A lot of people didn’t understand my enthusiasm for anime in general, which of course made it harder to like without feeling like there was something wrong with me. While I always dealt with criticism for it from people that weren’t interested, I couldn’t help but notice it build up around this time. Maybe it’s because I was mostly collecting manga, but once I started coming home with soundtracks, plushies, and other merchandise, some more heads started to turn. Maybe it’s because during the second half of high school, especially senior year, people started focusing more on where they wanted to go to college and do with their lives as opposed to me, who planned on going to community college and still spent his free time with anime and video games. Maybe it’s because anime stopped being something I was interested in and became something I was sort of obsessed with. I don’t want to say obsessed, but considering how into it I was, it was clear it was more than just a hobby.
You’d think the only people that would still understand my passion were other anime fans, but truth be told, other anime fans were becoming harder to get along with. I don’t know what exactly happened in my school after my original anime friends left, but the ones in my grade and below seemed to have differing opinions on what it meant to be a “true” anime fan. Some people insisted that you weren’t a real anime fan unless you peppered your speech with various Japanese words like “kawaii” and “chibi.” Other fans only liked the cute stuff. Another group of fans only liked uncut shonen shows like Dragonball Z and Naruto. Some fans only liked shows with a ton of blood and violence. In fact, one time during college, I was at an f.y.e. with a friend looking at anime DVDs, and this girl showed up behind us.
“Ew, what’s One Piece doing in the anime section?” she asked in a semi-valley girl tone.
My friend and I looked at each other and didn’t know what to say, so being a smartass, I said, “Uh… because it’s an anime…?”
“No it’s not,” the girl insisted. “Real anime has a ton of blood and fighting and cursing. One Piece doesn’t even look like an anime.”
I swear this conversation happened. I know it sounds like something someone would make up, but I swear it happened. Just… what!?
People always preferred different anime, of course. But around this time I started noticing a pretty big divide. Especially when I started watching .hack//SIGN. It was a show with a lot of focus on talking and not action, and anime fans either appreciated it or hated it.
To top it off, no one really seemed to be collecting anything anymore as far as shows and manga went. Everyone sort of started watching or reading stuff illegally online. They all kept saying the English dubs and subs sucked, and they weren’t accurate to the original source. As you can tell, I liked the English translations of anime. I’d been watching, reading, and collecting them for three or four years by this point. The people that got me more into anime had done the same. So it was a little unusual to hear so many people suddenly jump on this bandwagon. I know they have their opinions about the English releases, but…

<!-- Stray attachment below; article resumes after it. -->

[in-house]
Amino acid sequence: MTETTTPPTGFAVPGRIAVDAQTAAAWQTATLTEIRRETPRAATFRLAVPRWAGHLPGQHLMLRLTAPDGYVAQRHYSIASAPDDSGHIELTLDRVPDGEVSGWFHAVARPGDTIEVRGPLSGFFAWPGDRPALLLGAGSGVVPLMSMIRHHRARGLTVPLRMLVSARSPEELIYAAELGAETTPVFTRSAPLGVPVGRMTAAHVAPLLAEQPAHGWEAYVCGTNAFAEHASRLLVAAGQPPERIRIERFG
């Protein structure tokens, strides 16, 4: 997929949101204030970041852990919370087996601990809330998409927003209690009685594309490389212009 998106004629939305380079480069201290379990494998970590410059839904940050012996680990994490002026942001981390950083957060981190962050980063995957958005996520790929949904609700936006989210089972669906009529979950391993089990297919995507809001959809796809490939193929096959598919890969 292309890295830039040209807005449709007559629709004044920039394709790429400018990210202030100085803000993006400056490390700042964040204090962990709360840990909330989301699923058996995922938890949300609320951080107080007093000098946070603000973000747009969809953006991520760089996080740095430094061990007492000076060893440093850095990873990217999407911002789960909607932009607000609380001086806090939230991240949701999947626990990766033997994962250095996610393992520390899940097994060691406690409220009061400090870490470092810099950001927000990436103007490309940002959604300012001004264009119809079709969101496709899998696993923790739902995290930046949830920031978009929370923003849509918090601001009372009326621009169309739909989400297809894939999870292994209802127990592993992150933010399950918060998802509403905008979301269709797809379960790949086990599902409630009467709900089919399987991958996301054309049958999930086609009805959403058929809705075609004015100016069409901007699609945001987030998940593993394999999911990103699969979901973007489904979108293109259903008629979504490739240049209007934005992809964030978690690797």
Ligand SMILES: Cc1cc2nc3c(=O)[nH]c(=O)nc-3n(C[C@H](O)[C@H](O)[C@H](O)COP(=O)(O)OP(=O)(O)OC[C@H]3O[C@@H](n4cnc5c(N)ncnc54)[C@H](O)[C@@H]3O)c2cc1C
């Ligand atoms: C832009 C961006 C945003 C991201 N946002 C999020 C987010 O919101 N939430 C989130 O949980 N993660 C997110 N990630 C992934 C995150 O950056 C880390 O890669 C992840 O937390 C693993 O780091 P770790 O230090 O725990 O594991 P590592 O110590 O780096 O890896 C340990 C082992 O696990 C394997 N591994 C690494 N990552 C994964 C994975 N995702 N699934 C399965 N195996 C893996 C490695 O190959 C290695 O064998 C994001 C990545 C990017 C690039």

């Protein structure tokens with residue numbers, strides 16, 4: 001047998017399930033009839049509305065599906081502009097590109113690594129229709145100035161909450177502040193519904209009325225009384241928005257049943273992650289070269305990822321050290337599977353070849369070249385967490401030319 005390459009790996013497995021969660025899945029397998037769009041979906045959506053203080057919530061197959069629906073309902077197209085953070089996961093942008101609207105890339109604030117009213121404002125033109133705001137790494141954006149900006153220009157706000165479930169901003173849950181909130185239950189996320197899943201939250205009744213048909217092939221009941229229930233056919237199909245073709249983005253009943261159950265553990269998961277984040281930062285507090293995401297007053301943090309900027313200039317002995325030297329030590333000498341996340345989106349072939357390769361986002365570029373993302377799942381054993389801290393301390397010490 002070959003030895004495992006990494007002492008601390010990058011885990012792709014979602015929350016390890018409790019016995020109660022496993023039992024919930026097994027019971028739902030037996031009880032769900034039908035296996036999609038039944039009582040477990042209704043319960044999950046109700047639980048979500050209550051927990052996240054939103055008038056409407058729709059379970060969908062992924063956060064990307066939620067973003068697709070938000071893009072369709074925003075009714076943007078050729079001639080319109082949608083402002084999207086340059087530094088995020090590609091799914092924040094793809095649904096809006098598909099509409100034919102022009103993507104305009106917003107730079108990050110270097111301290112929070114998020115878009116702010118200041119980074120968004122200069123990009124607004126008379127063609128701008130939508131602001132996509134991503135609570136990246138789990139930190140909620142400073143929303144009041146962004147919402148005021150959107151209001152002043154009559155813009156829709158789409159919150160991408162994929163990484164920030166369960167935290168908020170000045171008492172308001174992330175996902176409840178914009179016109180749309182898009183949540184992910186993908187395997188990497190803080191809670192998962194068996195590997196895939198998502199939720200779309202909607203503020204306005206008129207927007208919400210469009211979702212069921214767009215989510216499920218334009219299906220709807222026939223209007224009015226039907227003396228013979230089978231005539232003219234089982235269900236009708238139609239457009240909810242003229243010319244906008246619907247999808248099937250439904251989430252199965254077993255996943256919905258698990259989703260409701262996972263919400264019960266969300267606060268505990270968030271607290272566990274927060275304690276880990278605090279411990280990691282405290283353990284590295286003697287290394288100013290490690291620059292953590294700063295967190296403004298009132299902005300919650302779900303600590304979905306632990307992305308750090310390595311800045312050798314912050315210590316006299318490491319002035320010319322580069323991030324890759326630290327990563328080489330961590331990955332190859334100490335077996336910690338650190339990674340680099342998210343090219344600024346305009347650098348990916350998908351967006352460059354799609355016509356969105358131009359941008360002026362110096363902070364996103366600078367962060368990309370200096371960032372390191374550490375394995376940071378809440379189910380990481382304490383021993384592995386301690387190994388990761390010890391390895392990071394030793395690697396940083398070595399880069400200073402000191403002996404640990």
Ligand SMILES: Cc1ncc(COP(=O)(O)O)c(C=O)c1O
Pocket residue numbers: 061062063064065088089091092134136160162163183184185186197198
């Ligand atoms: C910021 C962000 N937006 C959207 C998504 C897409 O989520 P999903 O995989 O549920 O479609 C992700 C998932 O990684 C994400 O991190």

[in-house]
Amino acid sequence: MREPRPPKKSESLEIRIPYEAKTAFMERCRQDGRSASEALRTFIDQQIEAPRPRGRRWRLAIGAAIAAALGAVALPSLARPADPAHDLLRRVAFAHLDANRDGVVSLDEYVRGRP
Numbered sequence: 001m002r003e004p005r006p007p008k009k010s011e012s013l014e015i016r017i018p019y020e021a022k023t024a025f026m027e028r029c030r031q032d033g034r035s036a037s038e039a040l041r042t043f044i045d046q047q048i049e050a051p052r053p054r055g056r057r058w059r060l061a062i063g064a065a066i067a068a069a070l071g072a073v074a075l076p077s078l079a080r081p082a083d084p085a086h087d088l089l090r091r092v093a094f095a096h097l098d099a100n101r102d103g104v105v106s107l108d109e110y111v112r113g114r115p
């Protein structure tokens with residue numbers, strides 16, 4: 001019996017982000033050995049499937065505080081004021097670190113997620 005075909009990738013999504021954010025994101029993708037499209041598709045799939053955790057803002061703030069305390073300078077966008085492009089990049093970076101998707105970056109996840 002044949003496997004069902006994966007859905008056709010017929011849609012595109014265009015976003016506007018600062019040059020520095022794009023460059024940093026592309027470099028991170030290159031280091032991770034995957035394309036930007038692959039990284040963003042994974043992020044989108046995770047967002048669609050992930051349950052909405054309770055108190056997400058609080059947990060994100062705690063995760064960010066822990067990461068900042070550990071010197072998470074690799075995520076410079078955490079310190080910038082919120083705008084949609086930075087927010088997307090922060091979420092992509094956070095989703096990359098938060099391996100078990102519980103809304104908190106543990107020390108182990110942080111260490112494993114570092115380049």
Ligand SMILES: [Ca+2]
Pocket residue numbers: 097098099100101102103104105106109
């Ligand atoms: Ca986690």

Well, I’ll get to that in a future part. Oh, I certainly will.
Anyway, that’s sort of what anime life was like for me in the latter half of high school. .hack was a huge part of it, I remember getting into the Negima! manga, which was the next series Ken Akamatsu (creator of Love Hina) began as well as the Excel Saga manga, which was pretty different and honestly a lot better than the show. I picked up the anime version of Love Hina at some point, although it honestly didn’t even hold up to the manga for me. When Samurai Champloo started releasing episodes on DVD and Adult Swim, I immediately got into that (as a Cowboy Bebop fan, I was pretty excited about it). I was still drawing anime characters a lot, and it’s with mild embarrassment that I admit to even drawing myself and my friends as anime characters, too.
The box set of Samurai Champloo, and the first volumes of Excel Saga and Negima!
Out of my four close friends that weren’t as interested in anime, only one of them regularly watched or read new things I bought, which was fine for the time. It was kind of sad to know I didn’t have a group of anime friends around anymore, and the rest of the anime fans in my school were often a little much to deal with (although I did become friends with some of them). But my close friends fulfilled more of a role in my life up until this point. It didn’t really matter if they weren’t as enthusiastic about anime. They didn’t hate it, at any rate.
During my senior year, however, we ran into some problems. There were some fights, some falling outs, and a lot of awkward tension. I’m not really going to go into it; this really isn’t the time or place. But I feel like it’s worth noting because during my senior year, a handful of shows really caught my attention and focus. I think a large part of this was to keep me distracted from personal problems.